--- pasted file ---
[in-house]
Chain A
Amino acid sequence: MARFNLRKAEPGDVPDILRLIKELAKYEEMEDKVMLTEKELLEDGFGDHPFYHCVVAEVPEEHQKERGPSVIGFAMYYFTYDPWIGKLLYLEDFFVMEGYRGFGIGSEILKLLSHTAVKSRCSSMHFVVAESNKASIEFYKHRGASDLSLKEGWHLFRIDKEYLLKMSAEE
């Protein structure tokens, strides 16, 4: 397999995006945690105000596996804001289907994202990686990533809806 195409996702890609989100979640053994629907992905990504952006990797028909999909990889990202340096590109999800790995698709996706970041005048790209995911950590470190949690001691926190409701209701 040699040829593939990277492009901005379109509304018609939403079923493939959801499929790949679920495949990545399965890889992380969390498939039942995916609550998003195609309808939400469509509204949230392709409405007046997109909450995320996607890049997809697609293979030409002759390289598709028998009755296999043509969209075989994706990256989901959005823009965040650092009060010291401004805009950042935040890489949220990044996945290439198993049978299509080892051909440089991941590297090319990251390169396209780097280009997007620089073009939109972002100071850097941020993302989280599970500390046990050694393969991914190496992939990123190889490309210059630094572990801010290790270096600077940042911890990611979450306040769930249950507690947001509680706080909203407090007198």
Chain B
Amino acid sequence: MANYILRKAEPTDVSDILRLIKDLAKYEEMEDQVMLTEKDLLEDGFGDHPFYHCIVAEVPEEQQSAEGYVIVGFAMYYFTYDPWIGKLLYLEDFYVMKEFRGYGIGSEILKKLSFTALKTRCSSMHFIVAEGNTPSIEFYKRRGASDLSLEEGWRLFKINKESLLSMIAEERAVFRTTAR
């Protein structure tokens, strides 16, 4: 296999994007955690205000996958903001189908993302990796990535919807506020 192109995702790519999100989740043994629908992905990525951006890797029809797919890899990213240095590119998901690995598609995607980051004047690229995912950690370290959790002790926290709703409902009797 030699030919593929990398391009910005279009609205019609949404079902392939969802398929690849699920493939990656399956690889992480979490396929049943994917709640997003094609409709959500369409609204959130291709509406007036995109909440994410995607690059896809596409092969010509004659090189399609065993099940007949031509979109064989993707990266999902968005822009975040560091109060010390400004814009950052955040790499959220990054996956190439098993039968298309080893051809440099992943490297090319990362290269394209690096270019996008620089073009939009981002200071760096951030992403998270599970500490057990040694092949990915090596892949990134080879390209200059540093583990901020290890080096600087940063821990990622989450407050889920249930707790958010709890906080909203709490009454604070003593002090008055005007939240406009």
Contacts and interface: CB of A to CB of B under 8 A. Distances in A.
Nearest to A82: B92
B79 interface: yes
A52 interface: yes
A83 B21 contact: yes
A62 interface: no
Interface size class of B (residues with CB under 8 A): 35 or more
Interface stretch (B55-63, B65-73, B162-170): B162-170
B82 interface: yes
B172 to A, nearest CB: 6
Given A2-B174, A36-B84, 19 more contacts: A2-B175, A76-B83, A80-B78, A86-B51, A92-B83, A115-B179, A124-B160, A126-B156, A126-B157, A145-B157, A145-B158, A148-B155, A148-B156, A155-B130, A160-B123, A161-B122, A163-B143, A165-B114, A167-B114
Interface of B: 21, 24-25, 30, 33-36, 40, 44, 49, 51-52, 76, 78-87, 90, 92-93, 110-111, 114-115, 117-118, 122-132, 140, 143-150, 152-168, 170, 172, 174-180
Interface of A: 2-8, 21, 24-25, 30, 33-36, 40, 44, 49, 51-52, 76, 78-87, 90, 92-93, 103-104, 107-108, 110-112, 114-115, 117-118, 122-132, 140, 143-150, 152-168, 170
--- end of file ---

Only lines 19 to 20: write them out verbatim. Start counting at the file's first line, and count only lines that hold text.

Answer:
Interface of B: 21, 24-25, 30, 33-36, 40, 44, 49, 51-52, 76, 78-87, 90, 92-93, 110-111, 114-115, 117-118, 122-132, 140, 143-150, 152-168, 170, 172, 174-180
Interface of A: 2-8, 21, 24-25, 30, 33-36, 40, 44, 49, 51-52, 76, 78-87, 90, 92-93, 103-104, 107-108, 110-112, 114-115, 117-118, 122-132, 140, 143-150, 152-168, 170